Testosterone: Mythologies of Identities at Galerie Donald Browne

The Belgo Building, usually humming with exhibitions and vernissages, falls quiet during the  summer months. The majority of the galleries run on a reduced schedule or close their doors until the fall season kicks in. Those who decide to stay open tend to present group exhibitions which last most of the summer. One of the most engaging of these group shows is Testostérone:  Mythologies Indentitaires at Galerie Donald Browne, curated by Charlotte Rousseau. Rousseau, who previously worked with Browne as a gallery assistant, selected works which explore the issue of male gender using the concept of testosterone as a common thread. The resulting show is an intelligent investigation of sexual identity that is both multi-faceted and coherent.

Ironically, the first work that I connected with in this exhibition about masculinity features a female artist. Raymonde April‘s photographic self-portrait shows the artist in profile against a back background. At the level of her eyes her wavy hair changes from cool grey to a warm auburn red. My first reaction was to suspect photo editing, but in fact April documented a very personal transition from one life stage to the next: menopause. April, now middle aged, decided to stop coloring her hair and allows her natural salt and pepper look to show. The descending watermark of changing hue also marks “the change;” effectively the artist turns her hair into a living work of art.
The onset of menopause also sees an increase of testosterone, making this a multi-layered transition from colour to black and white, from young to old, from woman to man.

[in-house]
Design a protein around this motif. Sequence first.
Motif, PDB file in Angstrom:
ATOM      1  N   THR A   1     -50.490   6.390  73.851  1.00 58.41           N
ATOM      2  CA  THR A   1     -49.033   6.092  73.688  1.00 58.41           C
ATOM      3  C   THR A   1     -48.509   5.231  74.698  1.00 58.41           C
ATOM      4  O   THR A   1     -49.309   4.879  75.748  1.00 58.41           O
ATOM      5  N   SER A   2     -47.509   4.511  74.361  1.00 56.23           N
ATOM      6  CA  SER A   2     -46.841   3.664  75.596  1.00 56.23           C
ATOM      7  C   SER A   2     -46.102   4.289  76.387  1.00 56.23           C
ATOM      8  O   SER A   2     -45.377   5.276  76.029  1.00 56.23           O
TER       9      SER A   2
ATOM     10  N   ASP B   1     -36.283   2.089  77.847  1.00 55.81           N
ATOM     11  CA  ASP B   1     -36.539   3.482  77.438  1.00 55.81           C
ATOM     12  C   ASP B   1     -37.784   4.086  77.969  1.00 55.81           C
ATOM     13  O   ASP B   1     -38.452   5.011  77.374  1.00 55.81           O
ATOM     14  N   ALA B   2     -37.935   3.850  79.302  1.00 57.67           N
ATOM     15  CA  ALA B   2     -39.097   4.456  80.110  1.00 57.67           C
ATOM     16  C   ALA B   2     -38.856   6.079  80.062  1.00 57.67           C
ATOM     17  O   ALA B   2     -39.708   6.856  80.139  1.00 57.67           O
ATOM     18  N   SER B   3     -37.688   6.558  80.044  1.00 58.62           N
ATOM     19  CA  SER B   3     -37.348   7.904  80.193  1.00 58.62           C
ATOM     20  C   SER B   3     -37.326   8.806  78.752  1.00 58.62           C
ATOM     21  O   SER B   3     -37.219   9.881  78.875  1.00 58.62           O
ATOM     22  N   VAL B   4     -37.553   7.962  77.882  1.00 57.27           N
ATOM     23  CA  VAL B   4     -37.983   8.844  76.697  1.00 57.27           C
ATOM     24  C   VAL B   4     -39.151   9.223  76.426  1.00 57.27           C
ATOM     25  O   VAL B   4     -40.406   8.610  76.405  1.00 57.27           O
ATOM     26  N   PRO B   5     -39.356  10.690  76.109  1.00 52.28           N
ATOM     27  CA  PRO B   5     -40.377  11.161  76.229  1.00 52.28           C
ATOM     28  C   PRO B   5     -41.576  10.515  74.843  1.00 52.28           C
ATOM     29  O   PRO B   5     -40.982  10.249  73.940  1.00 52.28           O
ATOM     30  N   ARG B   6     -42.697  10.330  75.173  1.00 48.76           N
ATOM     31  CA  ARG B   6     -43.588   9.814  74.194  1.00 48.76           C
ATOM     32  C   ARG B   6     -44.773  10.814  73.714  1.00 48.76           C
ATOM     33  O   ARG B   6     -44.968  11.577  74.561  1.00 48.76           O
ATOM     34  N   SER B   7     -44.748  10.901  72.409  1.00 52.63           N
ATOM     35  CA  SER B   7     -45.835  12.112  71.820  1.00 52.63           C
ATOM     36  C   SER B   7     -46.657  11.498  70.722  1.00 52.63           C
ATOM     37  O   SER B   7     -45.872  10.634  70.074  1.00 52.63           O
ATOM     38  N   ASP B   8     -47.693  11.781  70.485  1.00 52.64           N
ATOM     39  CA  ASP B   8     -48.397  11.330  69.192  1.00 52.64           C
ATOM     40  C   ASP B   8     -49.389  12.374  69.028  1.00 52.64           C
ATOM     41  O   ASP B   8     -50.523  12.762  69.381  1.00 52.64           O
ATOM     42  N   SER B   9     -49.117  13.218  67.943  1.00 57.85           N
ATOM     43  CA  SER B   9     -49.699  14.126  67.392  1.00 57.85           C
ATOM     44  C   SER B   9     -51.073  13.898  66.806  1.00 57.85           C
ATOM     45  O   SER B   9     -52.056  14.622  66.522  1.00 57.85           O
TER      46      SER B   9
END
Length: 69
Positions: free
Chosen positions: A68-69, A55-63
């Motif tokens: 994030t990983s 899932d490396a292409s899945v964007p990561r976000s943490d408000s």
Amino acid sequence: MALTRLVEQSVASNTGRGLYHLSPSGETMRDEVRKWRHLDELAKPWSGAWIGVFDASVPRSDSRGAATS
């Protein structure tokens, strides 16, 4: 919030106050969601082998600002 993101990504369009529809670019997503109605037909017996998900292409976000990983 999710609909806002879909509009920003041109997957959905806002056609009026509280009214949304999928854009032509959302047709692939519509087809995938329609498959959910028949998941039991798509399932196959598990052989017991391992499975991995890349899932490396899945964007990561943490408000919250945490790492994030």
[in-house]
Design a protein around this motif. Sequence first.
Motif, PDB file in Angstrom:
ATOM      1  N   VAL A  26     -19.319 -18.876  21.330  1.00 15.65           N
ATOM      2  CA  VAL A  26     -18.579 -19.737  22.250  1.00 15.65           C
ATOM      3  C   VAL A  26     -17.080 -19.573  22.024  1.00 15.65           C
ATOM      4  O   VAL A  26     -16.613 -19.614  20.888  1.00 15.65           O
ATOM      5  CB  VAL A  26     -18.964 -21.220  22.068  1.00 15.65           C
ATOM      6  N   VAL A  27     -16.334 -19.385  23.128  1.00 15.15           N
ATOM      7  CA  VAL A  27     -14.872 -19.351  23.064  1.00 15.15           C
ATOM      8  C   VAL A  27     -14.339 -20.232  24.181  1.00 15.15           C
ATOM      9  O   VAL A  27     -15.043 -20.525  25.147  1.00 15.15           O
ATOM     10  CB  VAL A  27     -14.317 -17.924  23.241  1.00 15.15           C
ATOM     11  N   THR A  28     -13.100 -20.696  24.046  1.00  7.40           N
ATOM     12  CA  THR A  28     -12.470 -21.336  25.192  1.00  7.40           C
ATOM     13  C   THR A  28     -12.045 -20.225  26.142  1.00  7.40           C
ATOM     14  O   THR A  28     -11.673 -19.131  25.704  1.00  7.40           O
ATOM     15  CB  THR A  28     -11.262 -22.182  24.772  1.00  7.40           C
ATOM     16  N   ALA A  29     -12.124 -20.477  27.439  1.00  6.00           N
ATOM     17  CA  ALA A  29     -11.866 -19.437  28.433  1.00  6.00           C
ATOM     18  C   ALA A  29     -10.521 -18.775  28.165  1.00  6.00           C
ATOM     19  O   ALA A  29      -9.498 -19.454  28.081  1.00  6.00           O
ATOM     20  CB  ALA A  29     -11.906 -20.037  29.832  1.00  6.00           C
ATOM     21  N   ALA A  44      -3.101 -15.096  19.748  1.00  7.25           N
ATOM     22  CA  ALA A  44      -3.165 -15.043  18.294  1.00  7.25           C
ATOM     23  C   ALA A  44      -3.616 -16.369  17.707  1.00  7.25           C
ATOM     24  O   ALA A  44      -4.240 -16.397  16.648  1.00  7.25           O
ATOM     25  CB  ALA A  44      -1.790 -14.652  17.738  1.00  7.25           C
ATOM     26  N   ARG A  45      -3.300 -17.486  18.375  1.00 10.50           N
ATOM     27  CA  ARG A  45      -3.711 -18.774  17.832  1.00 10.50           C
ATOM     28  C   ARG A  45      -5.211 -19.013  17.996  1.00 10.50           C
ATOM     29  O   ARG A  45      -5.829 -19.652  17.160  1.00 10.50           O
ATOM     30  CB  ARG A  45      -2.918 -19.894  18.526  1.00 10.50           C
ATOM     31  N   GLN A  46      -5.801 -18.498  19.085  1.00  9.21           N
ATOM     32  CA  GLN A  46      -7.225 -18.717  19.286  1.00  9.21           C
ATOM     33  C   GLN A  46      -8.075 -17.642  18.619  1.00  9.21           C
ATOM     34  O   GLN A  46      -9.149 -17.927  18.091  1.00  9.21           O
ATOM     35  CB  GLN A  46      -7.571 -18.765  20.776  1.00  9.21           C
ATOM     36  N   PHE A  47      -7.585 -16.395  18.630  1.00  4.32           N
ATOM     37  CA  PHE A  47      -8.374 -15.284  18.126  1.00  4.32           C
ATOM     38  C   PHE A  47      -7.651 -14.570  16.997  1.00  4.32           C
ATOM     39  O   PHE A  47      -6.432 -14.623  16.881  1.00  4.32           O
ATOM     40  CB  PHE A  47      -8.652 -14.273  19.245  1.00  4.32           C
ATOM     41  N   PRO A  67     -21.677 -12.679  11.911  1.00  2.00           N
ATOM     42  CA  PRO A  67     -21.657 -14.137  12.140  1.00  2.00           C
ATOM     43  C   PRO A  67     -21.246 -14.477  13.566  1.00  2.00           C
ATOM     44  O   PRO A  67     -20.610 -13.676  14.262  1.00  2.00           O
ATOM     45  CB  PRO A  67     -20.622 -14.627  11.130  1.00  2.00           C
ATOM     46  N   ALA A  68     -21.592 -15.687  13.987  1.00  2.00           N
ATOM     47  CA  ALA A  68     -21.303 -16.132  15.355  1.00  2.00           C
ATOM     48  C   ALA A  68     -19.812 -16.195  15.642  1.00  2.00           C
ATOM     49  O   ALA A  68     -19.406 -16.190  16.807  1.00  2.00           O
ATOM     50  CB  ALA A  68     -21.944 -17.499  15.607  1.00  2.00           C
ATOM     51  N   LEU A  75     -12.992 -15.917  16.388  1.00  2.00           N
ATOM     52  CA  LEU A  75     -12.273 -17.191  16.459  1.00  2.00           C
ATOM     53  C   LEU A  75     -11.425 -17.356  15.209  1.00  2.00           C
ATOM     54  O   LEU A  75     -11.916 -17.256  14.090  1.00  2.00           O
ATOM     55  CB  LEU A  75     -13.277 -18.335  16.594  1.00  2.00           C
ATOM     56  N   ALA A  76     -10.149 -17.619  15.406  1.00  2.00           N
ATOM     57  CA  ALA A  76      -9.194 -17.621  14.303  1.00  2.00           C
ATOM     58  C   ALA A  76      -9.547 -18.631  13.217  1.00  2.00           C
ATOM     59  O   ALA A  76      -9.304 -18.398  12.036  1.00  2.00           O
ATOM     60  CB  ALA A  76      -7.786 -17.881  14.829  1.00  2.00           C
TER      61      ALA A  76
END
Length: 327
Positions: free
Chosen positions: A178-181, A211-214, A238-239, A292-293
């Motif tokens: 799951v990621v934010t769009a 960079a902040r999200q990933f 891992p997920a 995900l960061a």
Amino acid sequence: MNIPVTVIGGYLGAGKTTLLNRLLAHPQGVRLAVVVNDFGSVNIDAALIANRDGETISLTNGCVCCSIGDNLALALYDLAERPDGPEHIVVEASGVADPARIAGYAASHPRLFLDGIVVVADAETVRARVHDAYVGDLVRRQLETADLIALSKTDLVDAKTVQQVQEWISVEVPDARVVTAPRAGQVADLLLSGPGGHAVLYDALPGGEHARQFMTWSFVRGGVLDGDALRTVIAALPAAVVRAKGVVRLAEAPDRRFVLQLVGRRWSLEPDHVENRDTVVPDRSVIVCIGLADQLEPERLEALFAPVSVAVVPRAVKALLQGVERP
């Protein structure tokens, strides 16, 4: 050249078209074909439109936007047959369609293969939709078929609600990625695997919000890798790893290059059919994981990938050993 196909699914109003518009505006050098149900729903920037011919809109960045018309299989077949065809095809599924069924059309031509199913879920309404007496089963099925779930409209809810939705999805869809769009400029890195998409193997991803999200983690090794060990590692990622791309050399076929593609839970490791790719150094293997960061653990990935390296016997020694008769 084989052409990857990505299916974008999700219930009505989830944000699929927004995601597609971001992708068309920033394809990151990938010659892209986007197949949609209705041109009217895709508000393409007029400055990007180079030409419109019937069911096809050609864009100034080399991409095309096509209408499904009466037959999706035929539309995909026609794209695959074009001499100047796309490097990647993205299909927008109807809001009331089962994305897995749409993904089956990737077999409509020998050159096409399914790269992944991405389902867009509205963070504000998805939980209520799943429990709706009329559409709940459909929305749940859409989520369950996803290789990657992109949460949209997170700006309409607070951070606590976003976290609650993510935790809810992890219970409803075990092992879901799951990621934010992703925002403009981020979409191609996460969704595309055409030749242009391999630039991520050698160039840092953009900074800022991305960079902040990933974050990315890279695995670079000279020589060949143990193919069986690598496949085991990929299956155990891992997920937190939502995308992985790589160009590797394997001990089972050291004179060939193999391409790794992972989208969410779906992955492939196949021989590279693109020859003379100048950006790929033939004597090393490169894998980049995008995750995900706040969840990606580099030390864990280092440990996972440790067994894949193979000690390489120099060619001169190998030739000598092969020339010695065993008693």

Another favorite in this show are Olivier Gariépy‘s photos of nudes set in lush landscapes, particularly the work L’Echo de Narcisse. An androgynous figure stands in waist-deep water, awkwardly leaning forward, the long, curly blonde hair plunging beneath the surface. The body (female, upon closer inspection) and its reflection form a self-referential circle. Absorbed in a monologue with the self, Echo becomes Narcissus.

The show is completed by Jenna Meyers‘ vivid painting of the transgender Frankie, Jérome Ruby‘s enigmatic sketches of violent mythology, Louis Fortier‘s wax sculptures of damaged Greek gods, and Shari Hatt‘s large-format colour photograph of deer hunters, their faces censured by back bars, turning their trophy selfie into a crime scene.

It is worth braving the heat for this Belgo exhibit alone, though there are currently seven other galleries who are welcoming visitors. For a list of what’s open and closed, check here.

Galerie Donald Browne, space 528
Raymonde April, Louis Fortier, Olivier Gariépy, Shari Hatt, Jenna Meyers, Jérôme Ruby
curator: Charlotte Rousseau
Testosterone: Mythologies of Identities
July 12 – September 6, 2014

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